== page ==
– nitsua60
    Nov 29 at 13:29

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1 Answer
1

active

oldest

votes

1 Answer
1

active

oldest

votes

active

oldest

votes

active

oldest

votes

up vote
19
down vote

accepted

It’s all in your description:

Completely unaware of the threat around them, the goblins sit around a fire, easy prey to the hidden band of adventurers lurking in the trees.

You, the GM, have already determined that the goblins are completely unaware and that the adventurers are hidden. (Some GMs might have compared stealth vs. perception, some might let the fiction do the talking for them, you may have done neither; see DMG p. 237 for more on how to decide whether or not to require checks in this instance.)

  • That the goblins are completely unaware means they are surprised. From PHB p.189 at “Surprise”:

    Any character or monster that doesn’t notice a threat is surprised.

  • That the adventurers are hidden means that they attack at advantage. From PHB p.195 at “Unseen Attackers and Targets”:

    When a creature can’t see you, you have advantage on attack rolls against it.

    So as you describe it your archers and (presumably-ranged casters) would have advantage. Those sword-wielders, though… they lose their advantage as they come into sight and attack (presumably while visible) the goblins in melee.

share|improve this answer

  • But wouldnt every Instance of surprise entail the party be hidden. For the enemy to be completely unaware the party must be hidden, no?
    – SeeDerekEngineer
    Nov 29 at 0:37

  • 9

    @SeeDerekEngineer the classic surprise scenario that doesn’t involve hidden attackers is when you and I can hear orcs in the next room, so we bust down the door swords-a-blazin’ and attack. We got the drop on them for surprise-purposes, but they can actually see us swinging and so our attacks aren’t advantaged. Another might be if we were negotiating with innocent do-gooders while intending to double-cross them the entire time. On your signal we both draw and stab–surprise! (Perhaps contingent on the result of a deception-insight contest.) But seen.
    – nitsua60
    Nov 29 at 0:39

  • 1

    @SeeDerekEngineer this isn’t a line of computer code in a computer game. But wouldnt every Instance of surprise entail the party be hidden
    – KorvinStarmast
    Nov 29 at 1:26

  • Don’t forget passive perception check to determine who is actually receives the “surprise” condition.
    – XAQT78
    Nov 29 at 13:01

  • @XAQT78 I’m not sure what you’re suggesting–isn’t that covered by the parenthetical in the first paragraph?
    – nitsua60
    Nov 29 at 13:29

up vote
19
down vote

accepted

It’s all in your description:

Completely unaware of the threat around them, the goblins sit around a fire, easy prey to the hidden band of adventurers lurking in the trees.

You, the GM, have already determined that the goblins are completely unaware and that the adventurers are hidden. (Some GMs might have compared stealth vs. perception, some might let the fiction do the talking for them, you may have done neither; see DMG p. 237 for more on how to decide whether or not to require checks in this instance.)

  • That the goblins are completely unaware means they are surprised. From PHB p.189 at “Surprise”:

    Any character or monster that doesn’t notice a threat is surprised.

  • That the adventurers are hidden means that they attack at advantage. From PHB p.195 at “Unseen Attackers and Targets”:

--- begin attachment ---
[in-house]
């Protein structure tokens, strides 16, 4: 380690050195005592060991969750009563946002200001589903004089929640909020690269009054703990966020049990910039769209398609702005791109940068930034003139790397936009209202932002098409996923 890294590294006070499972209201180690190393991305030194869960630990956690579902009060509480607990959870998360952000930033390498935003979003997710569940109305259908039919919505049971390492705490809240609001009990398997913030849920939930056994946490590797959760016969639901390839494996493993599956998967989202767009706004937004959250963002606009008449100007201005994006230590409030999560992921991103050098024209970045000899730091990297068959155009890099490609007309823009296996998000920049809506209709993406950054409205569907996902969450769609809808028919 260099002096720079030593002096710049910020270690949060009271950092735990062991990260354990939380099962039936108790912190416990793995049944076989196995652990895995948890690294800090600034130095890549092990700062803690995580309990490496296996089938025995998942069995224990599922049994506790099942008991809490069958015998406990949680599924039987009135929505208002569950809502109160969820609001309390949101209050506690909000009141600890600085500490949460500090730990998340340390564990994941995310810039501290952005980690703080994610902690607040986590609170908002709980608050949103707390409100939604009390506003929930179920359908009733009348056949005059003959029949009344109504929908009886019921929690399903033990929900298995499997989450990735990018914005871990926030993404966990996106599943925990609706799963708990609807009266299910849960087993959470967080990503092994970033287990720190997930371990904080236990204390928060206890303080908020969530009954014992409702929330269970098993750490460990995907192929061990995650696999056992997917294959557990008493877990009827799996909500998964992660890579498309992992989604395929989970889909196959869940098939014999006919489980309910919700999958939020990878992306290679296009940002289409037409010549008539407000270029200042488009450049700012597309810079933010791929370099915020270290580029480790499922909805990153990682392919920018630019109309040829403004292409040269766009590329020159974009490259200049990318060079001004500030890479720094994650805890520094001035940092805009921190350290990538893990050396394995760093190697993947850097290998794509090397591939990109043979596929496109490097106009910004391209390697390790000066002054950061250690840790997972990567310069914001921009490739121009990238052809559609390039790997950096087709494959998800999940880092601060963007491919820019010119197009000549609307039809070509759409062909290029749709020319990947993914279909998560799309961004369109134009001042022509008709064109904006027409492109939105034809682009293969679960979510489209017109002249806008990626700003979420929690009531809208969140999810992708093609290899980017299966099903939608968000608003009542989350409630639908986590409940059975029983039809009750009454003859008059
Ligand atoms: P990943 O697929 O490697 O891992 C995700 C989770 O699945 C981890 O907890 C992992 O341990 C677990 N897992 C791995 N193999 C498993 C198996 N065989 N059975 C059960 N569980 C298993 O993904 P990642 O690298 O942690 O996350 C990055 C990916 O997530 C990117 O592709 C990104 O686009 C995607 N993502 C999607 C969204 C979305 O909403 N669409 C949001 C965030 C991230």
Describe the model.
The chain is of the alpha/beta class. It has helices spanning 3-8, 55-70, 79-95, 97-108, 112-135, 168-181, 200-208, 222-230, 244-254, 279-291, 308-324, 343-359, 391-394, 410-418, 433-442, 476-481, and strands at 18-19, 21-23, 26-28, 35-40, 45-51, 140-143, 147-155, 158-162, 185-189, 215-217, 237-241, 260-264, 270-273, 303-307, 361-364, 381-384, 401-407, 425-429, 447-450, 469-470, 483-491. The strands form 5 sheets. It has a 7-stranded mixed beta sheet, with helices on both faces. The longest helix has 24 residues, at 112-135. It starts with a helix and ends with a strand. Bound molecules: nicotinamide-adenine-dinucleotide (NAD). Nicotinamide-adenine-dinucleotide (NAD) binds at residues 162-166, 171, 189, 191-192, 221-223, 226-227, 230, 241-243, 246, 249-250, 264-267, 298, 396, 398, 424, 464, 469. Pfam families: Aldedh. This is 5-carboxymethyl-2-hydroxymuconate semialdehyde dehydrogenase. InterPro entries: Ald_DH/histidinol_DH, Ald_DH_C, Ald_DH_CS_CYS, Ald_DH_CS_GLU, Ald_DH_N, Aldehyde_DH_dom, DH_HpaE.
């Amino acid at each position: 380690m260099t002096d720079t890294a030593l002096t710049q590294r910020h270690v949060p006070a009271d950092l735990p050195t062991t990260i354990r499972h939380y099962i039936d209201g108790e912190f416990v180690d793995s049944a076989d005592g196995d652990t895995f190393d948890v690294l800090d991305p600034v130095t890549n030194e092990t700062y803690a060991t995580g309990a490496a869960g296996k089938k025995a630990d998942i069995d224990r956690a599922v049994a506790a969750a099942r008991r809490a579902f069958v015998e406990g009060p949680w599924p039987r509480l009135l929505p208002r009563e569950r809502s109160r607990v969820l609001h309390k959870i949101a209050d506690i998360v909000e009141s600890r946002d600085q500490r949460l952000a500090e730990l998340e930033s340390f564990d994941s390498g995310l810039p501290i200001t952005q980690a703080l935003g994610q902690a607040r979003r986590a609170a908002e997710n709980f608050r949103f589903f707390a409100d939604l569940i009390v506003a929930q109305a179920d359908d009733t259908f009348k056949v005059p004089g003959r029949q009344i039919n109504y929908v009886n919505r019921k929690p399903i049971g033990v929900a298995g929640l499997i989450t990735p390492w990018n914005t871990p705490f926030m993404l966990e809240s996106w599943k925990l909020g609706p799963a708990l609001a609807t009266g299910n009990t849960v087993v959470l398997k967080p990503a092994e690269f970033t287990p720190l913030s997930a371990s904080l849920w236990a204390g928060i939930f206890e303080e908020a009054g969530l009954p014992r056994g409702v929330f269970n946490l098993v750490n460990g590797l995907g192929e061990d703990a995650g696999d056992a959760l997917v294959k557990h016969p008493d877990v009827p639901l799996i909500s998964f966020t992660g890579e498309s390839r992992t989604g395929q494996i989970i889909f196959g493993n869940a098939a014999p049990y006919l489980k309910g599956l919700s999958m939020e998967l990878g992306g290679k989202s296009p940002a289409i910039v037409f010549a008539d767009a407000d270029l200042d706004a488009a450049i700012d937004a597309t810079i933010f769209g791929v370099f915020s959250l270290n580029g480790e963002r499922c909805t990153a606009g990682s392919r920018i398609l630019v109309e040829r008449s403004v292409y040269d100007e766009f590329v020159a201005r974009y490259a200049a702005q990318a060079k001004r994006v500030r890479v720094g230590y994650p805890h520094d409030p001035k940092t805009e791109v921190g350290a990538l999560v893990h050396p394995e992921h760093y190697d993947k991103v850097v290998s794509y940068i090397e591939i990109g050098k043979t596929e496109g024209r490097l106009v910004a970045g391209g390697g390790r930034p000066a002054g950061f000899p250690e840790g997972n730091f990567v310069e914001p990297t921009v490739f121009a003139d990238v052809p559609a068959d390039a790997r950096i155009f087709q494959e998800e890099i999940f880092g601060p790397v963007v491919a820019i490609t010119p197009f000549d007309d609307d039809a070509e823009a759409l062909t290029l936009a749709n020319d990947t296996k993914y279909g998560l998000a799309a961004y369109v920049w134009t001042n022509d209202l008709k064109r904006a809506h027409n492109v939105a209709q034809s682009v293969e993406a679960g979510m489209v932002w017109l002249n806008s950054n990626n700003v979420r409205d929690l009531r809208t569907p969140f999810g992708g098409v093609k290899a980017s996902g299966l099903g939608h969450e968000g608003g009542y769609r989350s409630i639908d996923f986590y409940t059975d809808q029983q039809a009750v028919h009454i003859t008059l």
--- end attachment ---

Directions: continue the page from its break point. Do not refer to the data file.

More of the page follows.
When a creature can’t see you, you have advantage on attack rolls against it.

    So as you describe it your archers and (presumably-ranged casters) would have advantage. Those sword-wielders, though… they lose their advantage as they come into sight and attack (presumably while visible) the goblins in melee.

share|improve this answer

  • But wouldnt every Instance of surprise entail the party be hidden. For the enemy to be completely unaware the party must be hidden, no?
    – SeeDerekEngineer
    Nov 29 at 0:37

  • 9

    @SeeDerekEngineer the classic surprise scenario that doesn’t involve hidden attackers is when you and I can hear orcs in the next room, so we bust down the door swords-a-blazin’ and attack. We got the drop on them for surprise-purposes, but they can actually see us swinging and so our attacks aren’t advantaged. Another might be if we were negotiating with innocent do-gooders while intending to double-cross them the entire time. On your signal we both draw and stab–surprise! (Perhaps contingent on the result of a deception-insight contest.) But seen.
    – nitsua60
    Nov 29 at 0:39

  • 1

    @SeeDerekEngineer this isn’t a line of computer code in a computer game. But wouldnt every Instance of surprise entail the party be hidden
    – KorvinStarmast
    Nov 29 at 1:26

  • Don’t forget passive perception check to determine who is actually receives the “surprise” condition.
    – XAQT78
    Nov 29 at 13:01

  • @XAQT78 I’m not sure what you’re suggesting–isn’t that covered by the parenthetical in the first paragraph?
    – nitsua60
    Nov 29 at 13:29

up vote
19
down vote

accepted

up vote
19
down vote

accepted

It’s all in your description:

Completely unaware of the threat around them, the goblins sit around a fire, easy prey to the hidden band of adventurers lurking in the trees.

You, the GM, have already determined that the goblins are completely unaware and that the adventurers are hidden. (Some GMs might have compared stealth vs. perception, some might let the fiction do the talking for them, you may have done neither; see DMG p. 237 for more on how to decide whether or not to require checks in this instance.)

  • That the goblins are completely unaware means they are surprised. From PHB p.189 at “Surprise”:

    Any character or monster that doesn’t notice a threat is surprised.

  • That the adventurers are hidden means that they attack at advantage. From PHB p.195 at “Unseen Attackers and Targets”:

    When a creature can’t see you, you have advantage on attack rolls against it.

    So as you describe it your archers and (presumably-ranged casters) would have advantage. Those sword-wielders, though… they lose their advantage as they come into sight and attack (presumably while visible) the goblins in melee.